Evening Briefing – May 3, 2021


What one HBCU credits for record surge in applications

It has been a bittersweet past year for even the most successful higher education research institutions, tempered by the yearlong struggles of remote academic work and operations during the pandemic.

But there have been bright spots, including a few recently at Morgan State University in Baltimore. The largest Historically Black College and University (HBCU) received two transformative gifts from philanthropist MacKenzie Scott and Calvin and Tina Tyler totaling $60 million and had millions of dollars in debt eliminated by the Coronavirus Response and Relief Supplemental Appropriations Act. (University Business)

Energy News | Department of Energy
Department of Energy awards $17.3 million for student and faculty research opportunities

The U.S. Department of Energy (DOE) today announced $17.3 million for college internships, research opportunities, and research projects that connect talented science, technology, engineering, and math (STEM) students and faculty with the world-class resources at DOE’s National Laboratories. Awardees represent academic institutions from all across America—including Historically Black Colleges and Universities (HBCUs) and other Minority Serving Institutions (MSIs)—highlighting DOE’s commitment to supporting a highly-skilled, diverse workforce that is equipped to tackle the science, energy, environmental, and national security challenges of today and tomorrow. (U.S. Department of Energy)

Maryland Governor Larry Hogan Signs Bill sending $577 Million to State's Historically  Black Colleges and Universities - Los Angeles Sentinel | Los Angeles  Sentinel | Black News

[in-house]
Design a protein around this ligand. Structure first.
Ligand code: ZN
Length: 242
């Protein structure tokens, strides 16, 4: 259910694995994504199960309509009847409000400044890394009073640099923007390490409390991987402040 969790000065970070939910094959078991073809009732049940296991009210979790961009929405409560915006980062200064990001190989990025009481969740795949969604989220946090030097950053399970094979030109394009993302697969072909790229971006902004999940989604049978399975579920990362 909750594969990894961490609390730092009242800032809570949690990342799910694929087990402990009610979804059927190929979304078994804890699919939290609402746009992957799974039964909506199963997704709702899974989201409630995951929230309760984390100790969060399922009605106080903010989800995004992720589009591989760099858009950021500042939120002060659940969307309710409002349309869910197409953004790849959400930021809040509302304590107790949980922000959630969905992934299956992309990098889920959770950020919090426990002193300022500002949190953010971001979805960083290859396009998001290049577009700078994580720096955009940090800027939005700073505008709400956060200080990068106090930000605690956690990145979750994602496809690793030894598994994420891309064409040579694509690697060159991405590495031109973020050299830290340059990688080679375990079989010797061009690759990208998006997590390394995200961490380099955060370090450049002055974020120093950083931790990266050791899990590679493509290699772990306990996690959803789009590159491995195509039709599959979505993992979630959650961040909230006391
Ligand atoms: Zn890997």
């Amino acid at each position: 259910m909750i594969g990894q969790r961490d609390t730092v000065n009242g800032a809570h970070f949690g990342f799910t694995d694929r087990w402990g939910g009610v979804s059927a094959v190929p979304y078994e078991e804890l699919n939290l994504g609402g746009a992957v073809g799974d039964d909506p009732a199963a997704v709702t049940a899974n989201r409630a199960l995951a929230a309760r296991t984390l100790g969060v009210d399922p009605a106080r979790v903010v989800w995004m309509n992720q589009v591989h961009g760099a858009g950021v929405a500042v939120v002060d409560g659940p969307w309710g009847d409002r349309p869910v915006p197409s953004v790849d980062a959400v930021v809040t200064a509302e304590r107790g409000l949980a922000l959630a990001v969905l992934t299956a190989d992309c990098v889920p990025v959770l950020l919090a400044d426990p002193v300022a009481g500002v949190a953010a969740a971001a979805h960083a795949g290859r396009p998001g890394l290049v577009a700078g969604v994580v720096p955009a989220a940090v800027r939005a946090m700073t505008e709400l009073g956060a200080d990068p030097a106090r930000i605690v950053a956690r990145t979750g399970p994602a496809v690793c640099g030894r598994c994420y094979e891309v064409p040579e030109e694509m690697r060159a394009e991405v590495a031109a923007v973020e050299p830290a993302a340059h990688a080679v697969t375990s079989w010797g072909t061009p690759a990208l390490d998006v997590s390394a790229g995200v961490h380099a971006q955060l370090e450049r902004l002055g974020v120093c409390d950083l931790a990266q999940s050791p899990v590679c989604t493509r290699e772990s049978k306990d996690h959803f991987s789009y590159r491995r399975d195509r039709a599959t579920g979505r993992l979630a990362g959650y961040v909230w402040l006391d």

What a $577 million settlement will mean for Maryland HBCUs

It’s been 15 years since a group of alumni from Maryland’s historically Black colleges and universities sued the state over inequality in public higher education. Their lawsuit argued that the state had underfunded its four HBCUs and permitted traditionally white institutions to replicate programs pioneered and offered by HBCUs. After a series of legal fits and starts, including a stall in negotiations with the state, last week, Maryland finalized a $577 million settlement to resolve the issue. The money will be paid out over a decade and used to support scholarships, faculty recruitment and expand academic programs and marketing. (NPR)

No HBCU players chosen in 2021 NFL Draft

The 2021 NFL Draft has come and gone and zero HBCU players were drafted, this marks the ninth time since 2000 there have been no players selected from HBCUs. (HBCU Gameday)